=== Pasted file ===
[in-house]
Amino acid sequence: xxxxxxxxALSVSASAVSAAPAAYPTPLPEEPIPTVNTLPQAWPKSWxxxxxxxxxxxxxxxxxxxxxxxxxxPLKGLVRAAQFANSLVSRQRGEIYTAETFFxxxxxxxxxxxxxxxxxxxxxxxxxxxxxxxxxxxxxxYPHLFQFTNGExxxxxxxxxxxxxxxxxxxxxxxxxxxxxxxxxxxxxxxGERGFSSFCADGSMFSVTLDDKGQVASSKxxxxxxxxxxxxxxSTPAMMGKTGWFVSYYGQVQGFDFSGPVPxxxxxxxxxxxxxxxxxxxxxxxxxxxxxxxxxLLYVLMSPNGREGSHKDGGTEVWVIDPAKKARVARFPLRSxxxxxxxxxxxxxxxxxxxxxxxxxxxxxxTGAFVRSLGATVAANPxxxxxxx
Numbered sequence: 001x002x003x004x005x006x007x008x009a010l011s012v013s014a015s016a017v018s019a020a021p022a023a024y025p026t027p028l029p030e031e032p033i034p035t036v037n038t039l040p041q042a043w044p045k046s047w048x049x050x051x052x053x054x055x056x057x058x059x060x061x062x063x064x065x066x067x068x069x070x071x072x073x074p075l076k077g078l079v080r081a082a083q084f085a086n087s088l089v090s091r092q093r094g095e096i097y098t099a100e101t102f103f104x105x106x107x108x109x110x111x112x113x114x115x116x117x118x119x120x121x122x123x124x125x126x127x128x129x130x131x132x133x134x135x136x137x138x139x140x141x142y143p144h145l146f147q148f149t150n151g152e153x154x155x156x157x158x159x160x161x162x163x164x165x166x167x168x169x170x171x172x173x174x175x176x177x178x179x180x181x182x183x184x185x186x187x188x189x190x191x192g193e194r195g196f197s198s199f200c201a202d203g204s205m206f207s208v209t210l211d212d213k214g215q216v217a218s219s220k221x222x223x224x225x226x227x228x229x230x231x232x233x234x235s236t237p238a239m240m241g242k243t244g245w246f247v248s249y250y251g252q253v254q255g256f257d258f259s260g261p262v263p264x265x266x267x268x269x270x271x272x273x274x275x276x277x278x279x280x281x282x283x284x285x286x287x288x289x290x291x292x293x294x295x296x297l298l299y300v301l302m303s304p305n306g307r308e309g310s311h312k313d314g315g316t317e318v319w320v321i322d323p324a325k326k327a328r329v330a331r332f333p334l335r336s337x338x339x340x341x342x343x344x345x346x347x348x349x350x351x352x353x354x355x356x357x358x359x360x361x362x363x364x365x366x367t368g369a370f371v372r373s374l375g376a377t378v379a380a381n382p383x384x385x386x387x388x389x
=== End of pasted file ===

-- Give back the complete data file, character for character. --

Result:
[in-house]
Amino acid sequence: xxxxxxxxALSVSASAVSAAPAAYPTPLPEEPIPTVNTLPQAWPKSWxxxxxxxxxxxxxxxxxxxxxxxxxxPLKGLVRAAQFANSLVSRQRGEIYTAETFFxxxxxxxxxxxxxxxxxxxxxxxxxxxxxxxxxxxxxxYPHLFQFTNGExxxxxxxxxxxxxxxxxxxxxxxxxxxxxxxxxxxxxxxGERGFSSFCADGSMFSVTLDDKGQVASSKxxxxxxxxxxxxxxSTPAMMGKTGWFVSYYGQVQGFDFSGPVPxxxxxxxxxxxxxxxxxxxxxxxxxxxxxxxxxLLYVLMSPNGREGSHKDGGTEVWVIDPAKKARVARFPLRSxxxxxxxxxxxxxxxxxxxxxxxxxxxxxxTGAFVRSLGATVAANPxxxxxxx
Numbered sequence: 001x002x003x004x005x006x007x008x009a010l011s012v013s014a015s016a017v018s019a020a021p022a023a024y025p026t027p028l029p030e031e032p033i034p035t036v037n038t039l040p041q042a043w044p045k046s047w048x049x050x051x052x053x054x055x056x057x058x059x060x061x062x063x064x065x066x067x068x069x070x071x072x073x074p075l076k077g078l079v080r081a082a083q084f085a086n087s088l089v090s091r092q093r094g095e096i097y098t099a100e101t102f103f104x105x106x107x108x109x110x111x112x113x114x115x116x117x118x119x120x121x122x123x124x125x126x127x128x129x130x131x132x133x134x135x136x137x138x139x140x141x142y143p144h145l146f147q148f149t150n151g152e153x154x155x156x157x158x159x160x161x162x163x164x165x166x167x168x169x170x171x172x173x174x175x176x177x178x179x180x181x182x183x184x185x186x187x188x189x190x191x192g193e194r195g196f197s198s199f200c201a202d203g204s205m206f207s208v209t210l211d212d213k214g215q216v217a218s219s220k221x222x223x224x225x226x227x228x229x230x231x232x233x234x235s236t237p238a239m240m241g242k243t244g245w246f247v248s249y250y251g252q253v254q255g256f257d258f259s260g261p262v263p264x265x266x267x268x269x270x271x272x273x274x275x276x277x278x279x280x281x282x283x284x285x286x287x288x289x290x291x292x293x294x295x296x297l298l299y300v301l302m303s304p305n306g307r308e309g310s311h312k313d314g315g316t317e318v319w320v321i322d323p324a325k326k327a328r329v330a331r332f333p334l335r336s337x338x339x340x341x342x343x344x345x346x347x348x349x350x351x352x353x354x355x356x357x358x359x360x361x362x363x364x365x366x367t368g369a370f371v372r373s374l375g376a377t378v379a380a381n382p383x384x385x386x387x388x389x